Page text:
Covering one let alone multiple vacant lots with 18 inches of mulch is expensive and labor-intensive. However, it is a prerequisite to accessing and using these lots, particularly in areas of contamination. If the CAB is pouring its efforts and dollars into projects that are not only building but remediating the community, I have to ask: Who is responsible for this critical infrastructure? Why—when vacant land is often cited as contributing to increased crime rates, drug use, and violence—is a nonprofit cultural organization taking this work on itself?
The 2021 iteration of CAB uses the word “available,” but considering the work to make this land touchable, visitable, and usable, the reality of such “availability” is questionable. One Chicago-based collective, In Care of Black Women, led by curator and community leader Andrea Yarbrough, resigned from their biennial participation after running into a problem related to remediation. After partnering with Cape Town, South Africa– and Basel, Switzerland–based Matri-Arch(itecture) to build a space for sitting, reading, and skateboarding near a former Chicago Transit Authority El station, they wrote in an open letter:
“We learned that there are no clear processes and procedures to access city-owned vacant lots. An AIS Right of Entry could be granted with a letter of support from the alderperson, but if secured, the City of Chicago would require the grassy area be covered with a protective barrier and 18 inches of wood chips, so as not to ‘disturb the soil’. The protective barrier was immediately interpreted as a financial and time challenge, prompting our site adjustment. Our designs were then reconfigured to use only the pavement area for the installations. We would eventually learn that the pavement area was partially owned by the city and a “community development” organization.”
Though Matri-Arch(itecture) did complete an installation at 63rd and Woodlawn called Reflecting Our (Global) South Side, consisting of engraved, circular sit-able objects that honor the connections within the African diaspora, the ICOBW letter raises an important question about the availability of vacant land. What makes projects by the Bittertang Farm and Studio Ossidiana so compelling is that they built upon programs and infrastructure already in existence—the land had already been prepared and made available to those community groups. Meanwhile, ICOBW and other groups starting literally from the ground up were saddled with the additional responsibility of mending past damage and managing ongoing neglect.
Further, each CAB installation faces an uncertain future. Though the biennial is hosting programs virtually and on-site through its closing at the end of 2021, many of the installations will likely be dismantled thereafter. Right of Access does not grant permanence. The community organizations will be required to act as stewards of their sites if they wish to keep the installations intact and alive. Because the projects by Bittertang Farm and Studio Ossidiana occupied land that was already available for their use and sanctioned by the City of Chicago, they have built-in longevity—the biennial is only one stop in their important work. Will the other sites be returned to their former vacant state?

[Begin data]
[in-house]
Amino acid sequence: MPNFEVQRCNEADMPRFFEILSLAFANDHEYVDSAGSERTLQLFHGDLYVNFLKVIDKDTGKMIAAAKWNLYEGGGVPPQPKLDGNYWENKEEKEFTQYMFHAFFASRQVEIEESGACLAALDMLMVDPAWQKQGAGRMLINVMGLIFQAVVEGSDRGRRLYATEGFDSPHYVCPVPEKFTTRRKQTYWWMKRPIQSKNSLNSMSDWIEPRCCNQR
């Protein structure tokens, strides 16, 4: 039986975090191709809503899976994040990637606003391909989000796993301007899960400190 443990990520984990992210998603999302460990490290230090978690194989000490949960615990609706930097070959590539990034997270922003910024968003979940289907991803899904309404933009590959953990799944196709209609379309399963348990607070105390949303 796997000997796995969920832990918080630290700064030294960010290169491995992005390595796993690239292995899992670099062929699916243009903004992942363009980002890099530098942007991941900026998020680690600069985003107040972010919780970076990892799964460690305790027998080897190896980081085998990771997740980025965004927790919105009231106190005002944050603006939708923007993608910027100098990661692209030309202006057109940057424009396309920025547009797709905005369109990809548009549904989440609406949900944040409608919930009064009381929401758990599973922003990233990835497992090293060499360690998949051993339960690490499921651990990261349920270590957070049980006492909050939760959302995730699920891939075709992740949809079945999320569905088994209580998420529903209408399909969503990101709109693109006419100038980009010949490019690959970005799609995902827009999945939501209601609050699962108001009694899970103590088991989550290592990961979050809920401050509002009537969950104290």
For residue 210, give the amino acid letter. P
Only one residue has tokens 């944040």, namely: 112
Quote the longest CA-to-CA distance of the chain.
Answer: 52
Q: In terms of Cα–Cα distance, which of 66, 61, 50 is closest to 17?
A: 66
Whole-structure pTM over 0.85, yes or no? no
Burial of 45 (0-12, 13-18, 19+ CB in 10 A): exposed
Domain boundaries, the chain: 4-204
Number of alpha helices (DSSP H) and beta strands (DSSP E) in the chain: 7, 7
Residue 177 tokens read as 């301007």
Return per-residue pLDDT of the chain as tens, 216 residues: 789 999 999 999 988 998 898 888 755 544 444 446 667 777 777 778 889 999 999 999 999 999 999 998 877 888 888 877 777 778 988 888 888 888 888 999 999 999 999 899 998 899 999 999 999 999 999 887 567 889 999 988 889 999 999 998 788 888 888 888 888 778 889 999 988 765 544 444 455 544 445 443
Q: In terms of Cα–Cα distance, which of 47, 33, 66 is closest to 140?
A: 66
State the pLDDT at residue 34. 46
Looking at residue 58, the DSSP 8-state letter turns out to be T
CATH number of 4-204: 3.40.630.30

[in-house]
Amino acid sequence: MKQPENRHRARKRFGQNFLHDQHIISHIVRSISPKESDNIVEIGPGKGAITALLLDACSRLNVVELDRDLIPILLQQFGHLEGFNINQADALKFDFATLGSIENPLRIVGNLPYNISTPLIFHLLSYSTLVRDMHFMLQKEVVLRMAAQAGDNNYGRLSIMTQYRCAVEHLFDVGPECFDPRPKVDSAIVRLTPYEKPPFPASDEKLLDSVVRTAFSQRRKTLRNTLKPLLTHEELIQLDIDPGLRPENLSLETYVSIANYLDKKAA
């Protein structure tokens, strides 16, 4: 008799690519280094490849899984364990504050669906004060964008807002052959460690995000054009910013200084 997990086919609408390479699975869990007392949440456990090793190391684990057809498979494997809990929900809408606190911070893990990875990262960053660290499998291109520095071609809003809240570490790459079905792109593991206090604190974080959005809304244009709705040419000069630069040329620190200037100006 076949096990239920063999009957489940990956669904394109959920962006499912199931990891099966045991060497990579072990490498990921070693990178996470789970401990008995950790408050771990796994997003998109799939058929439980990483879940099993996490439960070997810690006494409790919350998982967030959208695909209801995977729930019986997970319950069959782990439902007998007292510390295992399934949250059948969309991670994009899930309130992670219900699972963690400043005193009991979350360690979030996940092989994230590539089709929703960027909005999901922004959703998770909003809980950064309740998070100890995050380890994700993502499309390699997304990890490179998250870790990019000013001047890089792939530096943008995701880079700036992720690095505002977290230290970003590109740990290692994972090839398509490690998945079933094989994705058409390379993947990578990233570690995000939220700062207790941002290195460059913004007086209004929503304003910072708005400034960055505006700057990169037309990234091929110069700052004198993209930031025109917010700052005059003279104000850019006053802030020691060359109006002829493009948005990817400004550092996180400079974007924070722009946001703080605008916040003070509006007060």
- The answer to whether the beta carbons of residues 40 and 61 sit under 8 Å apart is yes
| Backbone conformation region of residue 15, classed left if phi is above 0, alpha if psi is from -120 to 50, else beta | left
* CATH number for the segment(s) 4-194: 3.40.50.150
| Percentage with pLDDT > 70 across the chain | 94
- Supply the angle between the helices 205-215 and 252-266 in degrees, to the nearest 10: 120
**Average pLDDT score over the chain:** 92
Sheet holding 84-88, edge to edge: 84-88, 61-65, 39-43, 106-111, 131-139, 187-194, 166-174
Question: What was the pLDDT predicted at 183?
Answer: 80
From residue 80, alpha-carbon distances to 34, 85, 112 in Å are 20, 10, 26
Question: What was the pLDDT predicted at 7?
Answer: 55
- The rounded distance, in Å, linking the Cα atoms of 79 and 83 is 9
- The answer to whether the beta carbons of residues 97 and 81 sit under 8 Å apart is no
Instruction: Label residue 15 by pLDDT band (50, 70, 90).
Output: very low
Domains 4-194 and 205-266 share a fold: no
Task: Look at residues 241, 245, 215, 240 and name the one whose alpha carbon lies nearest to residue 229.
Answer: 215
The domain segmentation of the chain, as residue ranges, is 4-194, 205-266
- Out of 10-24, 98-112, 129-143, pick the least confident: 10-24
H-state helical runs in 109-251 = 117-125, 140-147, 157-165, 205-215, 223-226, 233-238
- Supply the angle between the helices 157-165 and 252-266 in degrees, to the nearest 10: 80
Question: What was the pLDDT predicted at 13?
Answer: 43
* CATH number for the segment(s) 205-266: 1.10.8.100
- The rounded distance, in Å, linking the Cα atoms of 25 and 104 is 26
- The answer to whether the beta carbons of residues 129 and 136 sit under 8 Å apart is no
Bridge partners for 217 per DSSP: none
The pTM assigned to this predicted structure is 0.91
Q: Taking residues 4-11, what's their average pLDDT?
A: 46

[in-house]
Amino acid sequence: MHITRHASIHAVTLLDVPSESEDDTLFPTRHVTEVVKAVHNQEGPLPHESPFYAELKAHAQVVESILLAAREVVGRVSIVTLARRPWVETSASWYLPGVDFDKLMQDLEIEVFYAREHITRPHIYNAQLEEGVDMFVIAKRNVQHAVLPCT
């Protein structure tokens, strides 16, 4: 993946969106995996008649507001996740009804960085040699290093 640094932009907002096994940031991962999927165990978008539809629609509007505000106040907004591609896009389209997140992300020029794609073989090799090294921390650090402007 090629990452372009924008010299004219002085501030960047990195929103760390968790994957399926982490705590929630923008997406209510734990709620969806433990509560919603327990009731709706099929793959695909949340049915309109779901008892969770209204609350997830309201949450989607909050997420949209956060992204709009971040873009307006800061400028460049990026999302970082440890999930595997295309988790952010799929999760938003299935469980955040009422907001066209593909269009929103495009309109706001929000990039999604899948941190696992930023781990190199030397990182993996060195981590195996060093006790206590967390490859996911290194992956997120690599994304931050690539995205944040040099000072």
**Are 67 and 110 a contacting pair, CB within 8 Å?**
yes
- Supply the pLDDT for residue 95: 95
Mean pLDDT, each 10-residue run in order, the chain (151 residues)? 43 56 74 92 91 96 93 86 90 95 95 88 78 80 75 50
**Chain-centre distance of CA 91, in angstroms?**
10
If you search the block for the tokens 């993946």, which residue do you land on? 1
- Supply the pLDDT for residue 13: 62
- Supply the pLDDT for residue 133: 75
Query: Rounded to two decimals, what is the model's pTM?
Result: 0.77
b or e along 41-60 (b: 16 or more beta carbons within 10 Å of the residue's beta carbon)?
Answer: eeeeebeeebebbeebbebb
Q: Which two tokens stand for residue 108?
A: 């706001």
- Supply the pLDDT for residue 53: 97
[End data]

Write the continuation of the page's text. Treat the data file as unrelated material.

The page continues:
This edition of CAB didn’t make me less of a hater, but it did help me direct my hatred in another direction. Land that is “available” is not available to the people who live around it—to those whose financial livelihoods have been impeded by racism and racist real estate practices; to those whose “worth” was diminished by the same forces that made that land available to begin with. In dissolving its standing as a conventional biennial, backing away from the spectacle-as-spending model, the CAB has created a platform to ask, “Why is it so damn hard to get anything good done in this city?”
While the biennial projects demonstrate acts of resilience and ingenuity in design, collaboration, and community organizing, they also put on display the menagerie of bureaucratic bullshit imposed by the city, and the administrative and financial hoops through which these organizations must jump in order to make “available” spaces into community assets again.
Intentionally or not, the vision set forth in The Available City assumes deep responsibilities to these communities and the city as a whole. The responsibility of the biennial isn’t to “fix” the city, but rather to make explicit the failures in the city’s past and current procedures, and to open the door for repair and remediation—or for subversion. As one artist reportedly said to Ligon as the latter traveled through New Orleans, “There was a time for storytelling—for ‘Where were you when the water came?’—but now it’s time for folks to leave checks.”
The views and conclusions from this author are not necessarily those of ARCHITECT magazine or of The American Institute of Architects. This story has been updated since first publication to include a site map of the biennial.